August Issue 2019

By | Environment | Published 4 months ago

Pakistan is currently facing the devastating consequences of climate change – recurring floods, unforeseen droughts, deadly heat waves, erratic rainfall, melting glaciers, glacial lake outbursts. Mountain and coastal communities are among those most vulnerable to the dangers of climate change. Many residents of Pakistan’s coastal areas have migrated due to rising sea levels.

Of late, the local news has been full of reports of destructive glacier floods in the remote valleys of Chitral that have washed away homes and orchards. At the same time, there are also reports of the long march of the residents of villages of Thatta, who are protesting against the demise of the Indus Delta. It has been estimated that in the last few decades, nearly 1.5 million people have migrated from the coastline due to a lack of freshwater in the Indus and the intrusion of seawater into the delta.

Pakistani residents wade along a flooded street after heavy monsoon rains in Lahore, on July 16, 2019.

Pakistan ranks 8th on the Germanwatch annual report, The Long-Term Climate Risk Index: 10 countries most affected from 1998 to 2017, from climate related disasters. The report states that Pakistan has suffered 145 disasters, the loss of 512 lives and US$ 3,826 million, over a 20-year period. While the villagers in the north and south of the country are the most exposed to climate change, its impacts can also be felt across the agricultural plains, which are Pakistan’s breadbasket.

“Erratic rainfall, heatwaves and floods have all wreaked havoc on my crops in recent years,” says Aamer Hayat Bhandara, a farmer from central Punjab, the most fertile province of Pakistan. With its arable land and freshwater from glacier-fed rivers, Pakistan is one of the world’s largest producers and suppliers of food and crops. Bhandara, who has been farming for 15 years, says, “Agriculture is the most important victim of climate change and in Pakistan, farmers are surely affected by its impacts.” In his opinion, “there is no credible policy on the part of the government, to provide information to farmers in the context of weather updates, low-cost adaptation strategies and provision of heat-tolerant, or drought-resistant seeds.”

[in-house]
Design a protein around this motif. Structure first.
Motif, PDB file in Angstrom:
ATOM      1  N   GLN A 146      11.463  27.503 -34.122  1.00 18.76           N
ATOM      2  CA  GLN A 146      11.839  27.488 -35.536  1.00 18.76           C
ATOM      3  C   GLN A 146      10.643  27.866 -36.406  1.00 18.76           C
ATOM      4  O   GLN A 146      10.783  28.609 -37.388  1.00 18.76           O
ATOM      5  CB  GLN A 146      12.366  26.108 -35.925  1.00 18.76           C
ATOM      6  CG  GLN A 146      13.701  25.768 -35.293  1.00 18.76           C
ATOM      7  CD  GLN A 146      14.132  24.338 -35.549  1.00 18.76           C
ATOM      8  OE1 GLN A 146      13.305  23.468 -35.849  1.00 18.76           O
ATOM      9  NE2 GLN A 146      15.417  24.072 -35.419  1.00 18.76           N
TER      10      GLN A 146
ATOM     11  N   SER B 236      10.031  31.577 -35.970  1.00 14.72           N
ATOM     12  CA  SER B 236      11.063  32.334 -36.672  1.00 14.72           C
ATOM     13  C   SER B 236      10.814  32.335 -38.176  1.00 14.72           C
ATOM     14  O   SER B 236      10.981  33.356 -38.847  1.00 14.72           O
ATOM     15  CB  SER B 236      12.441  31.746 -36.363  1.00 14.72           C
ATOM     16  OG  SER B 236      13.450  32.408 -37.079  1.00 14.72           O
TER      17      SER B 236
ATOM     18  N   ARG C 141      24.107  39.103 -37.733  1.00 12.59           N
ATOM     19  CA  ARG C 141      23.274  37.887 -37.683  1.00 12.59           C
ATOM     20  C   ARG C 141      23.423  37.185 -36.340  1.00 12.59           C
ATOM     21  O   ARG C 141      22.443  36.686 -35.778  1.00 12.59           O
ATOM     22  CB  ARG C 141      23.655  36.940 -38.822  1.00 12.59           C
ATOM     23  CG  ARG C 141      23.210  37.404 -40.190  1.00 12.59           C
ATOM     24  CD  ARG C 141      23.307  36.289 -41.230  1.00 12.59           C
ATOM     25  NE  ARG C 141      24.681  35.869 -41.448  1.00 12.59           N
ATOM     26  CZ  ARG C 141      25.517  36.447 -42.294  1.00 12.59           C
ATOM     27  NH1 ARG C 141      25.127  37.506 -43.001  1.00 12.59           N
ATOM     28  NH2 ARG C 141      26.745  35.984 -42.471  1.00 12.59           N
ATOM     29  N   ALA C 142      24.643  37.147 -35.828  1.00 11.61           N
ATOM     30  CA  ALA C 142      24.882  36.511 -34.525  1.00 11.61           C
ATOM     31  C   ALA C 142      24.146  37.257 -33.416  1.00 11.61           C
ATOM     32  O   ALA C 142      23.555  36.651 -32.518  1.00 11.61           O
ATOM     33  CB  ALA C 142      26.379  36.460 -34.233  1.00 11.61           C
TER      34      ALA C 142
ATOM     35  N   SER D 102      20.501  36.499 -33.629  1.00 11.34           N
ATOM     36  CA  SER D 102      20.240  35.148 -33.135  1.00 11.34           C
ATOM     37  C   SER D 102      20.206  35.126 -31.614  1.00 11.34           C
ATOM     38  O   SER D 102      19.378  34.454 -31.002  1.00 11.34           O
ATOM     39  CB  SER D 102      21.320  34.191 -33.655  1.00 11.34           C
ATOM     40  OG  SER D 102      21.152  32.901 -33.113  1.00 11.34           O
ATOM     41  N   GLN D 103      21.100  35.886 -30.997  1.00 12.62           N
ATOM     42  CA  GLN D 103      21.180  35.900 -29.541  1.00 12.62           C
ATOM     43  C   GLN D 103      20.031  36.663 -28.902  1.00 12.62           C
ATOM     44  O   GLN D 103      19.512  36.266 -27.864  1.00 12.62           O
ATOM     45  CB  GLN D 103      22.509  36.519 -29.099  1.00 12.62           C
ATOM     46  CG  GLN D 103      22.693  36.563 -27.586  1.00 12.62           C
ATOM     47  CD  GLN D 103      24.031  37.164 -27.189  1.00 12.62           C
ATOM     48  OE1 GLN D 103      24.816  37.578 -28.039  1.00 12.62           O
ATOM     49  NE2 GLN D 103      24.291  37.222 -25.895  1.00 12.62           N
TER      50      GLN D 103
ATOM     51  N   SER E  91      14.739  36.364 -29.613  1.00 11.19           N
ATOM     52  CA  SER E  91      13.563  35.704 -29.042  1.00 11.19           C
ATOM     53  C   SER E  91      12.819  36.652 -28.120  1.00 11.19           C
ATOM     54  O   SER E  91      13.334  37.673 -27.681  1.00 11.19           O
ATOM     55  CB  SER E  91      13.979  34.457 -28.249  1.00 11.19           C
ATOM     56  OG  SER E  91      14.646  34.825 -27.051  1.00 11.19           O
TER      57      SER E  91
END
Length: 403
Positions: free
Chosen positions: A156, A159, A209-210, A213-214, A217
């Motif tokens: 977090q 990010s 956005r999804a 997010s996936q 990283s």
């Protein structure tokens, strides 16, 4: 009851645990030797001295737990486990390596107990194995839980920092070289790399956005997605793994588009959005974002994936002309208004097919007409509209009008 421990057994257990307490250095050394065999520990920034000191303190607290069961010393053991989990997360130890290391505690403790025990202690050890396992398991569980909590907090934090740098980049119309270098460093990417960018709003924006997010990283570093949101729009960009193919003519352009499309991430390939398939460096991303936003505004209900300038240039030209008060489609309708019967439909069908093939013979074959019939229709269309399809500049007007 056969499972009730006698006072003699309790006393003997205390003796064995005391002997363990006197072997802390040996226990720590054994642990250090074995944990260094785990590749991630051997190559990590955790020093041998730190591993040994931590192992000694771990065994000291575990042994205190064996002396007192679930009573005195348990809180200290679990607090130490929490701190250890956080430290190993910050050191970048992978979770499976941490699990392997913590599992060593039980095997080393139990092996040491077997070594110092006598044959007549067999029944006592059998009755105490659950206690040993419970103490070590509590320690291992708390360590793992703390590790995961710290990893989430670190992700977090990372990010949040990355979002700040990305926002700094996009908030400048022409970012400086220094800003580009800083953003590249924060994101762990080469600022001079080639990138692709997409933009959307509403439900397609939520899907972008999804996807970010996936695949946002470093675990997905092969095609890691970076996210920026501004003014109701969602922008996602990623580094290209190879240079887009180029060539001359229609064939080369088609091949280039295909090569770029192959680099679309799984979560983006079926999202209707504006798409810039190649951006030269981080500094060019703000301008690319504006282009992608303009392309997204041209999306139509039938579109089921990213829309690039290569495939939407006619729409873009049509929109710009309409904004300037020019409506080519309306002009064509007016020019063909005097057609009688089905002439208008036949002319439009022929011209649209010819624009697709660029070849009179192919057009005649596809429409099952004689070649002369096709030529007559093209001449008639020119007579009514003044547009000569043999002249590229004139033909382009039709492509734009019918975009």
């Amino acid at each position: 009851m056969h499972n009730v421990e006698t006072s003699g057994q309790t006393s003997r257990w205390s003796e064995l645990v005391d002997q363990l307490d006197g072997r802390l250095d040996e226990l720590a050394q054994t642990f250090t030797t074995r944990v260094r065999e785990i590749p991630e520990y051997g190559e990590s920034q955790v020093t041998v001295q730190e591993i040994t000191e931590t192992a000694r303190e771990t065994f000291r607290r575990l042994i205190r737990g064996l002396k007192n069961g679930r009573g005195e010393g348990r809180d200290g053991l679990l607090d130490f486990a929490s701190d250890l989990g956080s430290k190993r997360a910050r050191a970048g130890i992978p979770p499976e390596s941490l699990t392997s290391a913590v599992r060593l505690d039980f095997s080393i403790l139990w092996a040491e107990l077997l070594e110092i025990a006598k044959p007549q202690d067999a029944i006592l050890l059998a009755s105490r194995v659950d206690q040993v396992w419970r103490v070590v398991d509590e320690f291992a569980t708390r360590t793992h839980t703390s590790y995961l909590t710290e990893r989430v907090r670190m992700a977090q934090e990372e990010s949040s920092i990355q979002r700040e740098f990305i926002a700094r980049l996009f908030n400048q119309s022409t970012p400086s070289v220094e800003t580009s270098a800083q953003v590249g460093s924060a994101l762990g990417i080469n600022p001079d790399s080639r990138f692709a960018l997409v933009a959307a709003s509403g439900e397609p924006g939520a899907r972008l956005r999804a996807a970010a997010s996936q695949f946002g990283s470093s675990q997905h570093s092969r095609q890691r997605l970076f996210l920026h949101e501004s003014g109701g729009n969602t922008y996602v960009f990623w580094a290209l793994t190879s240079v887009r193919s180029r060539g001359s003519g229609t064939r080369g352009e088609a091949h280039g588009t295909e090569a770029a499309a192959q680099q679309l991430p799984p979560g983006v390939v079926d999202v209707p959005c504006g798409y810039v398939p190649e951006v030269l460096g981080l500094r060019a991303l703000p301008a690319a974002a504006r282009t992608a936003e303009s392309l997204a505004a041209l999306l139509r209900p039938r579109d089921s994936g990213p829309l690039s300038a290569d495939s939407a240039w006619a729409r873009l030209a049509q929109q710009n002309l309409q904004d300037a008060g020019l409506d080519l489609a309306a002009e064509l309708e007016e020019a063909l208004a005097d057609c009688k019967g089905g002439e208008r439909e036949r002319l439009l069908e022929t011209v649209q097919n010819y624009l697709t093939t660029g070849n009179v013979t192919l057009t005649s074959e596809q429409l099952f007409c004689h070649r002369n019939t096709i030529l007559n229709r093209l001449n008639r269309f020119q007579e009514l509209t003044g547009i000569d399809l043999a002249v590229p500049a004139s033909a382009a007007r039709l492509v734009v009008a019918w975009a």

The Special Advisor to the Prime Minister on Climate Change, Malik Amin Aslam, has admitted that agriculture is a neglected sector in Pakistan. While announcing a six-year project titled Transforming the Indus Basin with Climate Resilient Agriculture and Water Management, due to start in two to three months’ time, he said, “Farmers can’t wait any more, they have to adapt immediately to a changing climate.”

The project will focus on small farmers who till less than a hectare of land and have been badly hit by climate change. The Ministry of Climate Change will be implementing it, along with the Food and Agriculture Organisation (FAO), in eight districts of Pakistan – three in Sindh and five in southern Punjab – through a $35 million grant from Green Climate Fund (GCF), the financial mechanism of the United Nations Framework Convention on Climate Change (UNFCCC).